The New Legal Realism
Studying Law Globally
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This is the second of two volumes announcing the emergence of the new legal realism. At a time when the legal academy is turning to social science for new approaches, these volumes chart a new course for interdisciplinary research by synthesizing law on the ground, empirical research, and theory. Volume 2 explores the integration of global perspectives and information into our understanding of law. Increasingly, local experiences of law are informed by broader interactions of national, international, and global law. Lawyers, judges, and other legal actors often have to respond to these broader contexts, while those pursuing justice in various global contexts must wrestle with the specific problems of translation that emerge when different concepts of law and local circumstances interact. Using empirical research, the authors in this path-breaking volume shed light on current developments in law at a global level.Read more
- Demonstrates the importance of interdisciplinary translation between law and social sciences
- Introduces readers to the scholarship of today's leading new legal realists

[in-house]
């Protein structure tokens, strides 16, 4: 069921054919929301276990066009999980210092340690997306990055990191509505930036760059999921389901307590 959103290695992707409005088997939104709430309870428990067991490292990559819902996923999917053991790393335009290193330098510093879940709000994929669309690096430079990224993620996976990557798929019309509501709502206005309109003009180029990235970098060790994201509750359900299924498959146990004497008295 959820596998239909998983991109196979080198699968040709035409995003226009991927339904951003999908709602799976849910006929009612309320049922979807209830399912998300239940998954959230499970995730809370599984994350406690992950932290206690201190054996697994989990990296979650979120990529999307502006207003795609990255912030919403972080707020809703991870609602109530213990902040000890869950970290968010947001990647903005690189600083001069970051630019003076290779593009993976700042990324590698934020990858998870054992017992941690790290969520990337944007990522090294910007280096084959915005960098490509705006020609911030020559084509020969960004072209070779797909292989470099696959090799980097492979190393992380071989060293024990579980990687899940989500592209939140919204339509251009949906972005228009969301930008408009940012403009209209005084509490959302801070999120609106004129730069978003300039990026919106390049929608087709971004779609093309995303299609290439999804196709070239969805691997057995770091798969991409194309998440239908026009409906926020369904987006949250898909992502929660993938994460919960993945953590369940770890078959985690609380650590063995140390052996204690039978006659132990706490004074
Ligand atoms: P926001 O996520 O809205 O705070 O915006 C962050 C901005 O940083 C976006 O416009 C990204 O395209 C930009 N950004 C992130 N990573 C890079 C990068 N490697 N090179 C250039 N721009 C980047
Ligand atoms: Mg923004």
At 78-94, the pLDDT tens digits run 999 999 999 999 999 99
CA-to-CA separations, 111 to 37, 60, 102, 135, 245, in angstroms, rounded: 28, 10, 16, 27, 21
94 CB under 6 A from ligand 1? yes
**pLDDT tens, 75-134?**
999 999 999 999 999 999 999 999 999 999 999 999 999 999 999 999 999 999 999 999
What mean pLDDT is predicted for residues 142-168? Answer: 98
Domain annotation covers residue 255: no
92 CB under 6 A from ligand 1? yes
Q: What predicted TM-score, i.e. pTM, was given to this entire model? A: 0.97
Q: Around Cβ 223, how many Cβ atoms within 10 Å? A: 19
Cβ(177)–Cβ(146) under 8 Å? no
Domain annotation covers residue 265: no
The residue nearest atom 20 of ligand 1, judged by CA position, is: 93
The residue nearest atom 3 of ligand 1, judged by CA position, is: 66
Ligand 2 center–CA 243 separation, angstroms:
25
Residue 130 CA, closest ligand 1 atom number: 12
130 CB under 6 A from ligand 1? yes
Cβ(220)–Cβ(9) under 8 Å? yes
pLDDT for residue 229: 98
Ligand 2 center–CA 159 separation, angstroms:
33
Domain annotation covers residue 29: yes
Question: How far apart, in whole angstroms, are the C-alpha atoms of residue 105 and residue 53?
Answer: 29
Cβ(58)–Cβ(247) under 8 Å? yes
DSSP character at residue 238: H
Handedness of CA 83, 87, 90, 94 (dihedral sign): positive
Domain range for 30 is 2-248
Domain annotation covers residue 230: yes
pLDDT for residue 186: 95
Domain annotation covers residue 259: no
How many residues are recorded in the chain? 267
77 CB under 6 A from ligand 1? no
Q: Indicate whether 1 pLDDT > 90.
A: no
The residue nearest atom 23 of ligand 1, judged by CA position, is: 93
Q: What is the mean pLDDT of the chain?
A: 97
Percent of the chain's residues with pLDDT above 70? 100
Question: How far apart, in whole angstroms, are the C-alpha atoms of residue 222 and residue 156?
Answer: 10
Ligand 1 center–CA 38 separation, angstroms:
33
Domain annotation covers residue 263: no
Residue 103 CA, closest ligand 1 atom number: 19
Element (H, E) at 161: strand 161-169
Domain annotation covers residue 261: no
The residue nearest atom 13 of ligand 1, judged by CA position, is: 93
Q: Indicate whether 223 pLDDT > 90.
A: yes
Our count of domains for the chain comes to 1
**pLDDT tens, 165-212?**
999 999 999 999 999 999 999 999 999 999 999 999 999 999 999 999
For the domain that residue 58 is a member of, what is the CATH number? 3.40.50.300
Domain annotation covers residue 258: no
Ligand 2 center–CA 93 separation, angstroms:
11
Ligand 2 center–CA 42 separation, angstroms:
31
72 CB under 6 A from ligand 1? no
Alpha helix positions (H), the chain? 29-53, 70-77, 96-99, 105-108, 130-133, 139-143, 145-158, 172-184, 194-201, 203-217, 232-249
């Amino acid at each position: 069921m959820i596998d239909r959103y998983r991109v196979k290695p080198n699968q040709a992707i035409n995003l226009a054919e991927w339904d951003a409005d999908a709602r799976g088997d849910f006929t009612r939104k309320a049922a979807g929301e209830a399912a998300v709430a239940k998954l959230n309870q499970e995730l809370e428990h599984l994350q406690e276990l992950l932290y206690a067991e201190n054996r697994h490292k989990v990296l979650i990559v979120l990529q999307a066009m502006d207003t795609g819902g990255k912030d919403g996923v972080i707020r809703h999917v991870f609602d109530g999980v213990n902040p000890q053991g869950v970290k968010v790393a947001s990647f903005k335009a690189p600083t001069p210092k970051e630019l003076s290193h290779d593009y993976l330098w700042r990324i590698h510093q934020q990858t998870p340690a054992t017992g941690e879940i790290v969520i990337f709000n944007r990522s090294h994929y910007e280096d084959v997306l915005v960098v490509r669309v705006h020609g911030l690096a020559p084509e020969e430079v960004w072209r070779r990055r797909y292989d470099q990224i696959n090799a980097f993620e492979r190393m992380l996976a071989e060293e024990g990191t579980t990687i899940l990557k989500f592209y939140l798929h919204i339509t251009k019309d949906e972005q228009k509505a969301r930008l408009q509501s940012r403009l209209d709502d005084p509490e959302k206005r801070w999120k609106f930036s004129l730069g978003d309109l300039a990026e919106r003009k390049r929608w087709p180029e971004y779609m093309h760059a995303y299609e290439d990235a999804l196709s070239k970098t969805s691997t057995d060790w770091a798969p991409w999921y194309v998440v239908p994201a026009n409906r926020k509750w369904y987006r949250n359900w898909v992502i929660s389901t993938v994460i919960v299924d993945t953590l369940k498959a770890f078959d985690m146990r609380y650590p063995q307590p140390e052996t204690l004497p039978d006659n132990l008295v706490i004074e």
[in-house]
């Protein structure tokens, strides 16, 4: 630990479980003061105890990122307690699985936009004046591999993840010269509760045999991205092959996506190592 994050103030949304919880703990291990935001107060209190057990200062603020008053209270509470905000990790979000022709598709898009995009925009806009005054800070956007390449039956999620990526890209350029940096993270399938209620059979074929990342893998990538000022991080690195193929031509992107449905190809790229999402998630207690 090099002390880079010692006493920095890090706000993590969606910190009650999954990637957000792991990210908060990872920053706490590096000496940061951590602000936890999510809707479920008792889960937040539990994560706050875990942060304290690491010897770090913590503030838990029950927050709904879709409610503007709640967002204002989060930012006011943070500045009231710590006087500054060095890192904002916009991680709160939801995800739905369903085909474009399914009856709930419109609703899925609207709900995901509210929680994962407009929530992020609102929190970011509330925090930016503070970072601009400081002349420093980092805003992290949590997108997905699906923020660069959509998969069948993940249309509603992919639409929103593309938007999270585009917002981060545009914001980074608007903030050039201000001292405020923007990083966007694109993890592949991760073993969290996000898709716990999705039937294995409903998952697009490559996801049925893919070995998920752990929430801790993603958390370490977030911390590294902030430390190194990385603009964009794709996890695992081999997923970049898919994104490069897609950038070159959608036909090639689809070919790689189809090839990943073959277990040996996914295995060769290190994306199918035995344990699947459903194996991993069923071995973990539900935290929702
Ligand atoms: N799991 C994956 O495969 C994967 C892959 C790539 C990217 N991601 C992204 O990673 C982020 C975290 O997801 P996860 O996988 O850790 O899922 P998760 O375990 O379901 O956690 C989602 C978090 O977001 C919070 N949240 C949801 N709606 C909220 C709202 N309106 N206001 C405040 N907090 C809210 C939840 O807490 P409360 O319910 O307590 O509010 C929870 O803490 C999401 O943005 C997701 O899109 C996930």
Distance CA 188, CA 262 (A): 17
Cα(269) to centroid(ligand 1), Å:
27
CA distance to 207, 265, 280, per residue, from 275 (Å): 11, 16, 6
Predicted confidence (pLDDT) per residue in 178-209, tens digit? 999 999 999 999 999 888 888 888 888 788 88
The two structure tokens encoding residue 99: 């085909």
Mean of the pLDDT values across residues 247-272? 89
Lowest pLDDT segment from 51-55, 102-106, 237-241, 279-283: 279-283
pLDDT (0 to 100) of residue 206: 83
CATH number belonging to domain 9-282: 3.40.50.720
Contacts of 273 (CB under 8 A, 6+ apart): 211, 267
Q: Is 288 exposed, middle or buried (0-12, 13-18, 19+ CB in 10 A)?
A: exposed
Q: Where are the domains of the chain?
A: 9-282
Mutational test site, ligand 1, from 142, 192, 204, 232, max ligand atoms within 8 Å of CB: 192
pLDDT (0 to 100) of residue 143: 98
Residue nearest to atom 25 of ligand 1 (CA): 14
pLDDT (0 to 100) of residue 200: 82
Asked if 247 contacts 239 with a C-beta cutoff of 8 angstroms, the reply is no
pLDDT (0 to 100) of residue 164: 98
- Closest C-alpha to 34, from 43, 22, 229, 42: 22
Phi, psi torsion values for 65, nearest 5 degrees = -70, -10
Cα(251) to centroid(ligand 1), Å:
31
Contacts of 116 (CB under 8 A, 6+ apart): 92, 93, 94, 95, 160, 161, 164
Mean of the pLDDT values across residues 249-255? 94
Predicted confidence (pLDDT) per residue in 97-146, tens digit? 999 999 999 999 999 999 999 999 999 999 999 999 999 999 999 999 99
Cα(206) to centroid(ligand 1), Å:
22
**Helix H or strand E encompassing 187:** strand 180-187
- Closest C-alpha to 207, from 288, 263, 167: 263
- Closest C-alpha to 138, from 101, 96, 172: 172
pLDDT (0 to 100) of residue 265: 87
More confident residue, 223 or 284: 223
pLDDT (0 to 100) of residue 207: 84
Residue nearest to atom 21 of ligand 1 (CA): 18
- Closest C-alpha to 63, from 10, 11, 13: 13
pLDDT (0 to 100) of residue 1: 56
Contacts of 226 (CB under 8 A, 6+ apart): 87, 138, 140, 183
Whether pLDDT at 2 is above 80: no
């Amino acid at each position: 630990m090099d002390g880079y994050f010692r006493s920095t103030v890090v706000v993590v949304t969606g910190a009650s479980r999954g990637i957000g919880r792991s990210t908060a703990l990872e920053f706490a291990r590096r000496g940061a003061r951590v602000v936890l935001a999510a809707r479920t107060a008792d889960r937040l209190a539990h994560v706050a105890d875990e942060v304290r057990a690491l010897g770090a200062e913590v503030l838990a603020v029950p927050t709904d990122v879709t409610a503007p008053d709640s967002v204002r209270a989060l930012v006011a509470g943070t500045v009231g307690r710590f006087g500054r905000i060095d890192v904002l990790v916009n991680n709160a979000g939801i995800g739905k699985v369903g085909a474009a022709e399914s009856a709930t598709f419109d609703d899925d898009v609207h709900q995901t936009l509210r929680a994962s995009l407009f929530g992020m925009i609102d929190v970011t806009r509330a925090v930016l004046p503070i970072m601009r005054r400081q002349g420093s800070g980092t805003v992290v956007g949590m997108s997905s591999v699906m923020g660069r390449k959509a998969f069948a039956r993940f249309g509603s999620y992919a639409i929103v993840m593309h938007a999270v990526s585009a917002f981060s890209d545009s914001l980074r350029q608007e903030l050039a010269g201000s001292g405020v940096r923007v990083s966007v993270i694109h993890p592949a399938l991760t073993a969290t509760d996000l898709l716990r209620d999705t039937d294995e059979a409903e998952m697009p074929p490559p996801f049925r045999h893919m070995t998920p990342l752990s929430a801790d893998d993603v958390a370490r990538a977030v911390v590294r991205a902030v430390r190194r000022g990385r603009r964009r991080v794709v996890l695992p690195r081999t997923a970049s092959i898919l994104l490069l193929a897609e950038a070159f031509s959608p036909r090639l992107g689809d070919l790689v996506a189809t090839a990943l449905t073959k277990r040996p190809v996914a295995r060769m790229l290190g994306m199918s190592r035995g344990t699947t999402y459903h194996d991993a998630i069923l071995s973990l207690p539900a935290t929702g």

- Shows how new legal realism can provide a broader lens than the empirical legal studies movement
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- Date Published: April 2016
- format: Adobe eBook Reader
- isbn: 9781316496688
- contains: 1 b/w illus.
- availability: This item is not supplied by Cambridge University Press in your region. Please contact eBooks.com for availability.
Table of Contents
Preface Michael McCann
Introduction Heinz Klug and Sally Engle Merry
Part I. The Globalization of Law:
1. African constitutionalism from the bottom-up Martin Chanock
2. Human rights monitoring, state compliance, and the problem of information Sally Engle Merry
3. Intellectual property and the creation of global rules Susan K. Sell
Part II. The Global Transfer of Norms:
4. Colonizing the clinic: the adventures of law in HIV treatment and research Carol A. Heimer and Jaimie Morse
5. The politics of Islamic law and human rights: Sudan's rival legal systems Mark Fathi Massoud
6. Women seeking justice at the intersection between vernacular and state laws and courts in rural KwaZulu-Natal, South Africa Sindiso Mnisi Weeks
Part III. Global Institutions and the Changing Roles of Judges and Lawyers:
7. New legal realism and international law Gregory Shaffer
8. The deconstruction of offshore Sol Picciotto
9. The changing role of lawyers in China: state bureaucrats, market brokers, and political activists Sida Liu
Part IV. Global Justice:
10. The irreconcilable goals of transitional justice Bronwyn Leebaw
11. Pushing states to prosecute: positive complementarity, the Inter-American Court and the ICC Alexandra Huneeus
12. When law and social science diverge: causation in the international law of incitement to commit genocide Richard A. Wilson.
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